Plans are afoot to scrap schools and introduce new-age learning centres in an area of Carmarthenshire, TES Cymru has learnt. If successful, the proposals could be rolled out nationally.
Officials want to transform five secondary schools in Dinefwr into three learning centres offering a mix of academic and vocational learning to complement the skills-led 14-19 learning pathways.
The local college, Coleg Sir Gar, would continue to exist under the plans, which are detailed in a consultation document obtained by TES Cymru. But, in a radical move, the title "school" could be dropped.
Vernon Morgan, director of education and children's services for Carmarthenshire, said Dinefwr had been chosen for the experiment because it represented a microcosm of the challenges facing Welsh society.
He said the plans had the backing of the five "brave" heads, and would mean greater choice for learners and more per-pupil funding.
But he acknowledged that it would be difficult to convince everyone - especially parents with emotional attachments to schools.
"This means great change, and no one likes that," he said. "But as schools stand, they simply aren't sustainable."
There might also be anxiety about job losses - not least among headteachers, as a joint steering committee is proposed.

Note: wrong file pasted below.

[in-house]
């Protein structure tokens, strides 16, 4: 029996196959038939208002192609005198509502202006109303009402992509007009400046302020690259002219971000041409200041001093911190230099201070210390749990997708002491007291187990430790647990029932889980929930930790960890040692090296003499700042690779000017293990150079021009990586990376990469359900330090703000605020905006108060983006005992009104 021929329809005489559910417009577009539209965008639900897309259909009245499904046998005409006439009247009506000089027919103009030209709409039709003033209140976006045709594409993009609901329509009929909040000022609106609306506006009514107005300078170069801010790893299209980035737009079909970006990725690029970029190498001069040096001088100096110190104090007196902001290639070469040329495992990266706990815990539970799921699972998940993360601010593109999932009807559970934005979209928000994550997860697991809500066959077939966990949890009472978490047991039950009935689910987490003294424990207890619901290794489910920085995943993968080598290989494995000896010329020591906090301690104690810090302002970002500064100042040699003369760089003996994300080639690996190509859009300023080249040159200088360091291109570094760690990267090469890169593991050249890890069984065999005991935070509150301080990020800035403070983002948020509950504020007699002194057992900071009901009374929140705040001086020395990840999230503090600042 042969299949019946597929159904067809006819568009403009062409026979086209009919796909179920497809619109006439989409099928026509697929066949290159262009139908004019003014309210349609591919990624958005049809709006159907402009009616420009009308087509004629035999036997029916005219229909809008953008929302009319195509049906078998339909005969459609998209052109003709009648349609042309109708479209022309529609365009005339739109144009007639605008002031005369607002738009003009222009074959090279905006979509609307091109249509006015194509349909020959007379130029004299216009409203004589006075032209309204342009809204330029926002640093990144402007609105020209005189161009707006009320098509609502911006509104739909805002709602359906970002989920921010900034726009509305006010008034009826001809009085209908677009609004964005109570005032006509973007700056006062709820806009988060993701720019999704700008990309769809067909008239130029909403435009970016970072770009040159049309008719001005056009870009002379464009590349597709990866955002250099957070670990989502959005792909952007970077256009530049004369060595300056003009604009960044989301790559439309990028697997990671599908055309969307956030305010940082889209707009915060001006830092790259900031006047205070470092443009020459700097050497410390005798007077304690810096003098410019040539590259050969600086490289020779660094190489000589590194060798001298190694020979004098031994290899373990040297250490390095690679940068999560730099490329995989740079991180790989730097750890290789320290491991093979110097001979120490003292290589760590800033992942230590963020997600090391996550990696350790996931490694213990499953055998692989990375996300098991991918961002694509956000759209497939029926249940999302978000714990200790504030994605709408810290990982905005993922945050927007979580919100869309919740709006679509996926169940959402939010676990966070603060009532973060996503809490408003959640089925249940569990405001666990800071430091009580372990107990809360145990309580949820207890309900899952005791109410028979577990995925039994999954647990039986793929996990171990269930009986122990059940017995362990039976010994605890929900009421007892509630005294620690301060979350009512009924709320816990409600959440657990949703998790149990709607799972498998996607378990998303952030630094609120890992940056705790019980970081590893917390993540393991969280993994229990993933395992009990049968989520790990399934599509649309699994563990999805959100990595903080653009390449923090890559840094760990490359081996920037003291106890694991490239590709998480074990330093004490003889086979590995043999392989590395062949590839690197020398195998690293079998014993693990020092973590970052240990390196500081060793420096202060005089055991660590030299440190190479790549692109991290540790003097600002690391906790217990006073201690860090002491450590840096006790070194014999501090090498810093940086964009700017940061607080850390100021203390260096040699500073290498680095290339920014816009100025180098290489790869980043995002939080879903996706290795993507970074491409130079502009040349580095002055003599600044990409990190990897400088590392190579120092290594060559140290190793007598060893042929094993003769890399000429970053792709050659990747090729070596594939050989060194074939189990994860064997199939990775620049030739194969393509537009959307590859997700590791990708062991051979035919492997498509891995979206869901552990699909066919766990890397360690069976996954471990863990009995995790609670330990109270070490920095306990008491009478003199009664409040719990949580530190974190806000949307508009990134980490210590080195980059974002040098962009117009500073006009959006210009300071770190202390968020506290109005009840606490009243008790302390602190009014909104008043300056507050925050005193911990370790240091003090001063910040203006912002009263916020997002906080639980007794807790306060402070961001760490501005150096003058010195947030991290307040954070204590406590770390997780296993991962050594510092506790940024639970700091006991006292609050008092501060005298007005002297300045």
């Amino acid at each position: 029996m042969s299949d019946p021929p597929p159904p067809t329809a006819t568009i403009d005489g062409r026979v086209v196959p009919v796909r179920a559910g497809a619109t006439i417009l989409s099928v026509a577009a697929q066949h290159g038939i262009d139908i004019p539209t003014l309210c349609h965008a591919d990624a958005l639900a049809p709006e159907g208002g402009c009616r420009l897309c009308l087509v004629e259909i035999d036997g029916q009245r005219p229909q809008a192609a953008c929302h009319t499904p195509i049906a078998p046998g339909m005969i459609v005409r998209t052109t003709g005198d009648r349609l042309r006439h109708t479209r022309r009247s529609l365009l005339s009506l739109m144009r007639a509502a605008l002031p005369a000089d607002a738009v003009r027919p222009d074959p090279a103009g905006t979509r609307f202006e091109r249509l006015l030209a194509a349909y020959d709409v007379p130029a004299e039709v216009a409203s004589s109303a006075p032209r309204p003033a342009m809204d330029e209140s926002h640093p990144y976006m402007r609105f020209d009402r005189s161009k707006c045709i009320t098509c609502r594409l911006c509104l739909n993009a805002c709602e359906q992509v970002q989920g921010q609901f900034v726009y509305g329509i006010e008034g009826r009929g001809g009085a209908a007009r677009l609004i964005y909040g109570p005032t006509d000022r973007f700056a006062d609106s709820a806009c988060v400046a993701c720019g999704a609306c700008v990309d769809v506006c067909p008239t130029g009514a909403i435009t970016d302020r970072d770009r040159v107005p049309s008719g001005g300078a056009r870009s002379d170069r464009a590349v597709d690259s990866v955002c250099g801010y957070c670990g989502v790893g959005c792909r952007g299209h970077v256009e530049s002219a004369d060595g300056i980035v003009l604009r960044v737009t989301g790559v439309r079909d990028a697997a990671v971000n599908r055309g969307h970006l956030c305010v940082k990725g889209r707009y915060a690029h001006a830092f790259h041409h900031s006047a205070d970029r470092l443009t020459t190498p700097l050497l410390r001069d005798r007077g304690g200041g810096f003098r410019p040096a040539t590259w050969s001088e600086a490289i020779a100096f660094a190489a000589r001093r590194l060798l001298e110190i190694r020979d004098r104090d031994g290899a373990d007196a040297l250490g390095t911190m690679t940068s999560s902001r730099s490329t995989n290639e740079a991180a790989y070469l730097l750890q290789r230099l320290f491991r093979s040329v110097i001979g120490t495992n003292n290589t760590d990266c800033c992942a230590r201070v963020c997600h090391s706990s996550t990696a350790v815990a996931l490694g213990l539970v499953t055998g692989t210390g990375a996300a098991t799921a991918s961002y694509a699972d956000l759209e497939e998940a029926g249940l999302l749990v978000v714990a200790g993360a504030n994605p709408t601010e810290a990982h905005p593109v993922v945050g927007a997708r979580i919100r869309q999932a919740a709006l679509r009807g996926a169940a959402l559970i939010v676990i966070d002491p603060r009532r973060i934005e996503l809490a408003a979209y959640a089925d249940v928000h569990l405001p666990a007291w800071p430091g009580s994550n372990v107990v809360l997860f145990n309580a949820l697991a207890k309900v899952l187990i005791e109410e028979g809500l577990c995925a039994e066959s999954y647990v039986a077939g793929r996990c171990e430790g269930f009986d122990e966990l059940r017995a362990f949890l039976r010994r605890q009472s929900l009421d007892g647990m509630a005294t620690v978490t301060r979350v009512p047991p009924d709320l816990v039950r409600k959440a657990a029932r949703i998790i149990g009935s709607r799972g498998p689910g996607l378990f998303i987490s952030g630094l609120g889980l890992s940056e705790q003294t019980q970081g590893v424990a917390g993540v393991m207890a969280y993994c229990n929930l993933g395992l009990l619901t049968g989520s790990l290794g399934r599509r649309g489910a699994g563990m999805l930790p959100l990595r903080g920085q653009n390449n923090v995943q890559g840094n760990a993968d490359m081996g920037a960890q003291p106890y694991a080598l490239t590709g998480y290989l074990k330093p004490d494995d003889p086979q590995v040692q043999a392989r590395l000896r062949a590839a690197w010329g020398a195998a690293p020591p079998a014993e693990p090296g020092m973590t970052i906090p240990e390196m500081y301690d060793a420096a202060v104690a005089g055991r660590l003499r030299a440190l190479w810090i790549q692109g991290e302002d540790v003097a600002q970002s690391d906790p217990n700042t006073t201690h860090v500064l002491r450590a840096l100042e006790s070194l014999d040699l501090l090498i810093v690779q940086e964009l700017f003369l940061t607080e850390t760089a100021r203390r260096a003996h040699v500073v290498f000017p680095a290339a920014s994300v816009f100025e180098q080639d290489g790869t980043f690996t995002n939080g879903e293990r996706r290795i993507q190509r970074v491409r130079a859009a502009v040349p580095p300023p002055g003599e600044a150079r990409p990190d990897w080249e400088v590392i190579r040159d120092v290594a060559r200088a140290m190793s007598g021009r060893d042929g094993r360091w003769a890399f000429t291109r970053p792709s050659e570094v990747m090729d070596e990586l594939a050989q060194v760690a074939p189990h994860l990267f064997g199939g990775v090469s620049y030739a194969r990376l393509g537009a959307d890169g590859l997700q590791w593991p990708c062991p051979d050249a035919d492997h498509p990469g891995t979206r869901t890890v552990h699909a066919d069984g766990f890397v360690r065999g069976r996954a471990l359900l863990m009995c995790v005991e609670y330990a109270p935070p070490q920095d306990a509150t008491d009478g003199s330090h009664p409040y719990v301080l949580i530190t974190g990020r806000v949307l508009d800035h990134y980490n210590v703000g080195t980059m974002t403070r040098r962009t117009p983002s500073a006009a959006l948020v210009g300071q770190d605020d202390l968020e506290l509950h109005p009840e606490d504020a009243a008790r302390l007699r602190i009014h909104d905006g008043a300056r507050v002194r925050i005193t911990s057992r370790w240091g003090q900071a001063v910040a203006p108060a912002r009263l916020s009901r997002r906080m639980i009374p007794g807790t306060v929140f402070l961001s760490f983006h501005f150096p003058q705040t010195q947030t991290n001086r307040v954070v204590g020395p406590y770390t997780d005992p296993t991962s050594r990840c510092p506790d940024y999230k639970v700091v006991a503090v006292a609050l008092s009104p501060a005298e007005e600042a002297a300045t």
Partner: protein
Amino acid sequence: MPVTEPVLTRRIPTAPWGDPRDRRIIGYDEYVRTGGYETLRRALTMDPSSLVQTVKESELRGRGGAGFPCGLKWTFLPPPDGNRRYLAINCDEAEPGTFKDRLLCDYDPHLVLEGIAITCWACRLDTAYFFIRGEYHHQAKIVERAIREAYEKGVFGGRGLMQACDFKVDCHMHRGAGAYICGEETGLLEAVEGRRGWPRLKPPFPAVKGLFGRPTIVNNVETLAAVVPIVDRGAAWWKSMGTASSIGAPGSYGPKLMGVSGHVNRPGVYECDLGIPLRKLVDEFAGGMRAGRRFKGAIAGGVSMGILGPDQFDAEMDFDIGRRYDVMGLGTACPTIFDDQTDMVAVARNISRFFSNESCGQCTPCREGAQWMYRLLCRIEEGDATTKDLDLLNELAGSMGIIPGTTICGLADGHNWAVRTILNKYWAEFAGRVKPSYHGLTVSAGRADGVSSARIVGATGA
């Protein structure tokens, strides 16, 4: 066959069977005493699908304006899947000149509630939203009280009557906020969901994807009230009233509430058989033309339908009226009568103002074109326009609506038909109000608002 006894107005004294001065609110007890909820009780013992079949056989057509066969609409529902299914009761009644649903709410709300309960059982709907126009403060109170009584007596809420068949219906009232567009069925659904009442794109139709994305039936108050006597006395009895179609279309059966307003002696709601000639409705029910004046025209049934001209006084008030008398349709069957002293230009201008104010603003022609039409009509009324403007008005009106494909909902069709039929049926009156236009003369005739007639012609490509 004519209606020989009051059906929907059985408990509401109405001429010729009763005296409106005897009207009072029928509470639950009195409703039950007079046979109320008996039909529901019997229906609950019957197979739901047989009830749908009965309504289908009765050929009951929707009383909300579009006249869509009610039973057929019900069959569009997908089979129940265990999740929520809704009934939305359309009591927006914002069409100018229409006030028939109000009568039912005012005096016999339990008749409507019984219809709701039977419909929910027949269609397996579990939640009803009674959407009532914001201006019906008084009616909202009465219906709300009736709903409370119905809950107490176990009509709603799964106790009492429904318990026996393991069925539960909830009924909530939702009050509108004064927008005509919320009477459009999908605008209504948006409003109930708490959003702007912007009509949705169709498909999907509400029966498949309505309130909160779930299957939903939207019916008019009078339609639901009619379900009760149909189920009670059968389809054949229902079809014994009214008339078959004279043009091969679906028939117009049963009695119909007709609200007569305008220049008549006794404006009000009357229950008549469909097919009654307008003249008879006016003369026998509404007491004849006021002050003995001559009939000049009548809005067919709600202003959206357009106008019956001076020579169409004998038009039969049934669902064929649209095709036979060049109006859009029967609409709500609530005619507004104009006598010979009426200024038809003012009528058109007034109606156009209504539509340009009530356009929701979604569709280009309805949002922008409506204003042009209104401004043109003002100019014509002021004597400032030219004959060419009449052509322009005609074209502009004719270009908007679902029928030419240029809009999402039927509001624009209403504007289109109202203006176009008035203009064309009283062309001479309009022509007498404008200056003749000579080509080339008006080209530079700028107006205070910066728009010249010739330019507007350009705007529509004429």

Officials want to trial the learning centres as part of a wider tri-level reform, which aims to encourage greater collaboration between agencies.
Mr Morgan said social workers and other agencies would operate from the centres, if approved.
Teachers would be expected to travel to teach the new vocational courses, to cut pupils' travel costs.
The consultation document argues that falling rolls and lack of funds are making it difficult for some Dinefwr schools to operate. Only two of the five have sixth forms exceeding 150 pupils.
The average per-pupil funding ranges from pound;3,908 per pupil to pound;5,413. Learning centres would have more equitable funding.
Teachers' unions were generally positive, but called for more detail. Dr Phil Dixon, director of the ATL Cymru, said it would ease fears if the authority guaranteed teachers' jobs.
If approved, the plans could begin to be implemented by September 2010.